[Album Review] LUNV D – ‘Diviner’

photo by Kaland Hendrickson

It’s been a tireless couple of years for experimental hip hop artist LUNV D. Since the drop of his debut album KVIZEN in 2018, the Houston-based Lunatic Diviner has been honing his joyfully anarchic voice through one genre-blended project after another. In the midst of the insanity that was 2020, he dropped two collaborative albums—the industrial trillwave masterpiece Leap Year with Lord Bile and the Dante Alighieri-inspired End of the World with Zøtboi and D-Seal—as well as a protest-themed solo EP aptly titled VMERICV that was dropped just as global unrest against police brutality was reaching a boiling point. And the goth punk rapper from the Third Coast is showing no signs of slowing down, kicking the new year off with Diviner—twelve tracks of defiance and existential angst that encapsulate an artist waving both middle fingers at genre norms and industry trends. 

Diviner is an entirely self-produced passion project, evident in the prevalence of LUNV’s sword-sharpening sound signature as well as the heavy (and welcome) use of live instruments. The album is as much a showcase for his musical and production talent as it is a representation of his flow and lyrical range. Elements of emocore and pop-punk are seamlessly spliced with vaporwave and industrial beats. Each track is a barrage of FX laced with either acoustic string melodies or underground hardcore club distortion. 

It would honestly be fair to consider Diviner a progressive rock album, but that doesn’t mean it isn’t every bit as much a rap album as well. “Cherub,” for instance, sounds like Playboi Carti rode Doc’s DeLorean back to the 1950s to front a rockabilly jam band, which—as much as that shouldn’t make sense—ends up working on every level. “Noir 3” is a jazz rock/rap gem functioning as the perfect closer to a track list full of musical Frankensteins such as the witch house/screamo trap song “Gold” and the hypnotic, mantra-heavy “Spellcasting 2.” In the end, what it amounts to is the work of an artist drawing equal amounts of influence from Mars Volta and Chris Travis, and the result is something truly special.

LUNV is an artist aware that we are the company we keep, and he brings his most trusted hitters into the ring with him on bangers like “DØN’T TVLK BVCK,” the most radio-friendly song in terms of catchiness and upbeat tone but juxtaposed with the meanest, nastiest bars coming from Zøtboi and depressive introspection from D-Seal. Lord Bile provides his morphine-soaked growls to the intro of “Eyez,” signing off with the line “Only thing that makes me smile is a dead cop,” a note which sets the tone and opens the floor for LUNV’s spastic energy to quickly escalate into full-chested screaming aggression. Throwing it back to the Eight Bracket days—a time several years ago in which LUNV D and several other Gulf Coast kids seemed to be on a similar trajectory of collectives such as Odd Future and RVIDXR KLVN—cloudwave singer/rapper BR4N reunites with the mystic pirate on “Down,” one of the more subdued songs on the album that brings the Lil Peep-esque vibes.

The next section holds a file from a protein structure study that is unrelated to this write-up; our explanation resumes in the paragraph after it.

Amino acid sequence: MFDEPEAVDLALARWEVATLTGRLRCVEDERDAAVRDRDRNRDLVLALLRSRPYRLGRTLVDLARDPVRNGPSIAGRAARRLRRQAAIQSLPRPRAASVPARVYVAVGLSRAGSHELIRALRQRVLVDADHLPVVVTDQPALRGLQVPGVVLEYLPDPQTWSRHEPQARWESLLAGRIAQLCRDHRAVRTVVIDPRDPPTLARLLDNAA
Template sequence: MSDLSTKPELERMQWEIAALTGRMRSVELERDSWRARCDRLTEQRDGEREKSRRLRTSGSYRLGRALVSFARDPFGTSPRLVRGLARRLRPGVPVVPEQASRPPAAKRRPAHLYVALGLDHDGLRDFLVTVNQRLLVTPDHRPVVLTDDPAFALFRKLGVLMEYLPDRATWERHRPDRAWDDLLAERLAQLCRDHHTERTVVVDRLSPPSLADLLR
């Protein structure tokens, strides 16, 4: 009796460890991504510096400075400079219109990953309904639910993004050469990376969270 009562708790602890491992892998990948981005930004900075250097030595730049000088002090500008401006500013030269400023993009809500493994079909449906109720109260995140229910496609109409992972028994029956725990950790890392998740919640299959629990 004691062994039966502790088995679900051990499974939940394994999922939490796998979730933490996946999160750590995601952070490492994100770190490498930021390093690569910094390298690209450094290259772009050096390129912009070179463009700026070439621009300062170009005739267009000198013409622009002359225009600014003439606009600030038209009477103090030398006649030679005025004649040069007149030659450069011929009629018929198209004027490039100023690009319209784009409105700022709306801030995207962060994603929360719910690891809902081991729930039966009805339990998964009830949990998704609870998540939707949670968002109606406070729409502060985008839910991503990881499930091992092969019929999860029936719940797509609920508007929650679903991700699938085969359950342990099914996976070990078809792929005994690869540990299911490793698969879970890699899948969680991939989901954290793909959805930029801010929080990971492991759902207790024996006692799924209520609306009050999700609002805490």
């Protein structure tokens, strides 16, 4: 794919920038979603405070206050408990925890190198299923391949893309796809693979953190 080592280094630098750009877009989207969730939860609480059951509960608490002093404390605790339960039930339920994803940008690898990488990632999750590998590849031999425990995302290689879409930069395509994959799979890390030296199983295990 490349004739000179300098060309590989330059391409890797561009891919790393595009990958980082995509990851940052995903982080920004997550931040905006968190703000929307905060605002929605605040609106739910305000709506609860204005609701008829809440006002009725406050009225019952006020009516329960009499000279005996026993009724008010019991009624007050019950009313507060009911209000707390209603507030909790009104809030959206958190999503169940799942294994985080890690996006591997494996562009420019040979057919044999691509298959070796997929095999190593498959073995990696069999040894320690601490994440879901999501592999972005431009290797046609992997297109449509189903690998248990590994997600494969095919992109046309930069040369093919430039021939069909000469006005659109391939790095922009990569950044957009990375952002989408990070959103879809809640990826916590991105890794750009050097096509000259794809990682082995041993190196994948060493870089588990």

Thematically, the album is full of poetic musings regarding class struggle and existentialism, kicking off with “Divine Intervention,” a song that was recorded on the heels of LUNV being robbed by PayPal hackers. “I could care less about bank account, nothing on earth is forever / Music and all of my friends around, shine like diamonds under pressure” is a statement of purpose coming from an artist unconcerned with compromising authenticity and soul to fit into a mold. This is definitely music that will hit hardest with a niche audience rather than appeal to everyone, but that’s a major part of what makes it genuine art. That said, the most infectious hooks LUNV has written yet are also present here, most notably on the pop-punk anthem “Thinline” and on “Globe,” one of the album’s more mellow offerings that remains light-hearted and stoic while dripping dark rain cloud vibes: “Wish that I could spin the globe, eyes closed, pick a place and then just go, find a place to rest with all the lost souls.” The dynamic structure of each song is without a doubt due in part to the unique production, as this is an album that would be interesting to listen to even as an instrumental pack, but the ever-shifting cadence of LUNV’s delivery is what truly elevates the experience. By his own confession, the Lunatic Diviner is “striving for a voice that relates and destroys anything too exclusive,” and with Diviner he has achieved precisely that. 

Stream Diviner here.

400 Blows

I watched The 400 Blows for the first time at three this morning because the kid is going through growing pains and waking us up a lot. Again. Kids will do that in cycles.

The 400 Blows is a highly regarded French classic that – thanks to a past job at a video store and my grandmother’s enormous pirated VHS collection – I’ve always known existed but had never seen before. The plot is basically Catcher In the Rye but more depressing ’cause it’s French, I guess. There’s not a lot going on, just an unhappy kid trying to ditch school and steal shit to fund his exodus from home. And I kind of loved it. The film never pretends to be more than what it is, it just comes through as genuine. I read somewhere that it’s autobiographical on the director’s part, which makes sense as to how it stays within the realm of the world it presents. It successfully sustains the dream, as the homies Jordan Harper and J. David Osborne have been going on about lately.